FORTY-NINE, SEPTEMBER 1, 1999
Paul McKinnon is a 42-year-old Canadian living in the southwest corner of his country. From 1984 to 1994, he lived in Victoria, Edmonton, Toronto, Montreal, Banff National Park, Tokyo and The Yukon. During that time he also visited the U.S. (Hawaii, Alaska, Seattle, San Francisco, The Grand Canyon, Los Vegas), Mexico and parts of Europe (England, France, Italy, Yugoslavia, Greece, Spain and Portual).
During that time he worked as a dishwasher, a waiter, a cook, an English teacher, a groundskeeper, a courier, a hotdog salesman, a chauffeur and, of course, a writer.
In 1995 he became a father, cut his hair, and got a real job. He continues to write, and is currently the co-editor of THE NEPENTHE JOURNAL, an online 'zine that features travel stories, short fiction and pop culture analysis. NEPENTHE can be found at http://www.freespeech.org/tumbleweed.
JACK RABBIT PAROLE DENIED
"There's a hole in Daddy's arm where the money goes."--- John Prine
As far as mid-life crises go this one was a bit extreme. You may
have heard about it on the news. After 12 years of "straight time"
Semi-Famous-Bank-Robber-Turned-Writer Stephen Reid went haywire and pulled another armed
Apparently Reid was a little out of practice---this one didn't go as smoothly as some of his earlier heists---after a car chase and shootout with the police---Reid and another man were captured.
Reid now faces 10 criminal charges including robbery, unlawful confinement, and four counts of attempted murder.
It's a strange story indeed.
What makes it even stranger is that some of Reid's fellow writers are raising funds for his legal defense.
They've got to be kidding!
Or perhaps they're simply delusional. Self-delusional.
Writers are a funny lot.
And West Coast Writers are a VERY funny lot.
I know- I live here.
I think these folks view "The Stephen Reid Story" as a Romance instead of a Tragedy.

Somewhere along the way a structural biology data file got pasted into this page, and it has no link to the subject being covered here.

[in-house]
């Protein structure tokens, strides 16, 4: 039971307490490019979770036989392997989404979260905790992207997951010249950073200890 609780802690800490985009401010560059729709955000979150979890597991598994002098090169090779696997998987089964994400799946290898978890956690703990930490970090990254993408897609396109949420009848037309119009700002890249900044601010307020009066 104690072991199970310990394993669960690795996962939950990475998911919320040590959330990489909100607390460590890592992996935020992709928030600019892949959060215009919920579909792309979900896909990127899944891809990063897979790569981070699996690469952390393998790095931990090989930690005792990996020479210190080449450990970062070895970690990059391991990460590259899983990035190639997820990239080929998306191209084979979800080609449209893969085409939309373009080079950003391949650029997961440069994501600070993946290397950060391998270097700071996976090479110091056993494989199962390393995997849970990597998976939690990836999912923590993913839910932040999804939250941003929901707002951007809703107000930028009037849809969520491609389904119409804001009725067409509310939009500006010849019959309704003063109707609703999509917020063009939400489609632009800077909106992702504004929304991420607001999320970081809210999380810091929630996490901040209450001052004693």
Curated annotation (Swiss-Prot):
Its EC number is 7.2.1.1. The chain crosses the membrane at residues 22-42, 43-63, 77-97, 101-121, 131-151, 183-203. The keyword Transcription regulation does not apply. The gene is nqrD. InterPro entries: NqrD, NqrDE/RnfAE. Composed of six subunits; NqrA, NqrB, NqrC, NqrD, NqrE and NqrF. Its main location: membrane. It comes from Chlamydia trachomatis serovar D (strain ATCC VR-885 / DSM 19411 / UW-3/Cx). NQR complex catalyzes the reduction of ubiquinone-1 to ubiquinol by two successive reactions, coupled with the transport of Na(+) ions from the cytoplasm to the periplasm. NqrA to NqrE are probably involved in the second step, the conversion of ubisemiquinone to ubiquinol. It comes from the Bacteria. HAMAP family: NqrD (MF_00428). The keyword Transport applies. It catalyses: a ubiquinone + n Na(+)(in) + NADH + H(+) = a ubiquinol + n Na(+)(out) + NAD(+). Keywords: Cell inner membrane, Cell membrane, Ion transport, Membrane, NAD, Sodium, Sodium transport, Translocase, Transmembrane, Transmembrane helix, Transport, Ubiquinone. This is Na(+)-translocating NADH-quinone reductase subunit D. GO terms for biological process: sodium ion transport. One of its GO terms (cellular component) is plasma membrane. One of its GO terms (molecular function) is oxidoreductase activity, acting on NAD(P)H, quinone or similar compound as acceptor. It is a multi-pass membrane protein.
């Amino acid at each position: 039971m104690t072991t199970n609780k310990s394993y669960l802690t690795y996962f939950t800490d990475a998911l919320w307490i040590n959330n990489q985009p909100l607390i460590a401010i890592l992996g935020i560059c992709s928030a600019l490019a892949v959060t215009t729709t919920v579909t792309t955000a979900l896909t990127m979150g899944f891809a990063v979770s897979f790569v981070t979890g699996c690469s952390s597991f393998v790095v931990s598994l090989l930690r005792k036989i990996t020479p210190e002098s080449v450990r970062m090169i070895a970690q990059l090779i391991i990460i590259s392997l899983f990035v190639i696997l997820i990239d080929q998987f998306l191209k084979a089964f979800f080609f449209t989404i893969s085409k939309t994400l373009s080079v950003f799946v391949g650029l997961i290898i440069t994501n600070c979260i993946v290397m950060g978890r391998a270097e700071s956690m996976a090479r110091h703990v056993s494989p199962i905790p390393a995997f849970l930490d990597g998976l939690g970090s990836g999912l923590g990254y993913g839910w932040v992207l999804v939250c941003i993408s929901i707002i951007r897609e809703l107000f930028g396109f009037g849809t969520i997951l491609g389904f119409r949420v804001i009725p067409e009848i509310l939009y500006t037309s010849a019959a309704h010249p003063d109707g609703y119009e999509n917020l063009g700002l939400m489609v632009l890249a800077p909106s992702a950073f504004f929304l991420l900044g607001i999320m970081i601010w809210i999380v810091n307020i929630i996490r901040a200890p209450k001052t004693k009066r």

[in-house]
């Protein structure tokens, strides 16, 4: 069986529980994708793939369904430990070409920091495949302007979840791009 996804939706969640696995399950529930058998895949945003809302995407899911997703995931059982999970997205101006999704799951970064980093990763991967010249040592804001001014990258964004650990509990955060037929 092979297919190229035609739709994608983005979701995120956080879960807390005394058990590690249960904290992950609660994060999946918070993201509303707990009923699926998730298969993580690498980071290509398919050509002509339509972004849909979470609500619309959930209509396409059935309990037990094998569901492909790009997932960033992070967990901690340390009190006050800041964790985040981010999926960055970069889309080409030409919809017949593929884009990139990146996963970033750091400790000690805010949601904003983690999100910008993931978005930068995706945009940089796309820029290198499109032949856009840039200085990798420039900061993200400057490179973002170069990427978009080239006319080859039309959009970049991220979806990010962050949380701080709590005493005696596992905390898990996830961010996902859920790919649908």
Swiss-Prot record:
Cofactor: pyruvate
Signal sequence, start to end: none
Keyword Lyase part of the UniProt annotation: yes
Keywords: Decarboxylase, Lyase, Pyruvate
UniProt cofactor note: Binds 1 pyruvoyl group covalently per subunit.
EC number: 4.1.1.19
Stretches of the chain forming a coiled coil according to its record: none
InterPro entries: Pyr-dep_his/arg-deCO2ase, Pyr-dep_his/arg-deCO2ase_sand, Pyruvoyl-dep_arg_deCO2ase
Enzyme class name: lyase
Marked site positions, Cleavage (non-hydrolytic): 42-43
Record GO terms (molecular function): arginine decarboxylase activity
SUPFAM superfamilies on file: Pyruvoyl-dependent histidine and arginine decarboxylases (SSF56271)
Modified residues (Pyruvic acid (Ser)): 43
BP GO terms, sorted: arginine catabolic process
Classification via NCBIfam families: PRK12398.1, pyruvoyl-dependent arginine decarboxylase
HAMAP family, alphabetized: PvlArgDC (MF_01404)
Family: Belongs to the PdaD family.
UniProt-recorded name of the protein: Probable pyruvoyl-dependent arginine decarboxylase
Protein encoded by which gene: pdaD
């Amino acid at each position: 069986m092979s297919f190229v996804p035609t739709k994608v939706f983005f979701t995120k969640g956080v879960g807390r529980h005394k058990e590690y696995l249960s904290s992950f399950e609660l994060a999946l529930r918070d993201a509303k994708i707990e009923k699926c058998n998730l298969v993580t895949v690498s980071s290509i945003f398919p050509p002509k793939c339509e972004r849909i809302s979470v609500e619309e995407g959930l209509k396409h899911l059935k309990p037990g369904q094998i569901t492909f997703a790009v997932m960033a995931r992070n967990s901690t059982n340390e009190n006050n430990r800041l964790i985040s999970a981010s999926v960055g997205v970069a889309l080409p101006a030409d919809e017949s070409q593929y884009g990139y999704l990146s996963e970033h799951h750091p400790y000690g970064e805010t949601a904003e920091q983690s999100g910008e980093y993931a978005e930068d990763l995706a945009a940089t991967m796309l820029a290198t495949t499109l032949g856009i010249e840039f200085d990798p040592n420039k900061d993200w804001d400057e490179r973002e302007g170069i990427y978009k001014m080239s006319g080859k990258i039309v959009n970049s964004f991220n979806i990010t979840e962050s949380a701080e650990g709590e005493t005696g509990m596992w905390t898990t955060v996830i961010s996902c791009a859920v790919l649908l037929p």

A little background:
Back in the '70s Reid was a member of "The Stopwatch Gang"---three guys who robbed dozens of banks and were eventually caught and incarcerated.
While in jail in the early '80s Reid wrote his novel, Jack Rabbit Parole. He also began corresponding with Susan Musgrave, one of the Canadian West Coast's favorite poets.
I bet you've heard or can guess the rest---Steven & Susan get married, he gets out of jail, they have a child and write happily ever after.
Well not quite.
Recently it seems that while working on a play entitled Heroin Elvis Stephen Reid did a little bit too much "research"- and I'm not talking about his Elvis impersonations.
What was going through Stephen Reid's mind when he figured out he needed to return to his life of crime is anyone's guess, but chances are good he was pretty out of it at the time.
We can always blame the drugs I suppose, but I can't help thinking that with this reckless spree Reid not only put people's lives in danger (and I have friends living in the area where the police chase & gunfire took place, and often take my daughter to the same park these armed men used as part of their unsuccessful escape route), he also betrayed his family, his friends, and the West Coast Writing Community.
You see, Stephen Reid was, until recently, the hope many people have that "art" (in this case "writing") can redeem a man. He had "paid his debt to society," "put the past behind him" and all those other cliches.
Writing had "saved" Stephen Reid.
But it hadn't, really. Not in the long run.
And so I can understand why many of the people who believed that writing could save someone from rather nasty habits (many of them Stephen Reid's friends and contemporaries in the art-lit scene) want to help him now. But I think their loyalty is more than a little misguided.
And they're not getting a penny from me.
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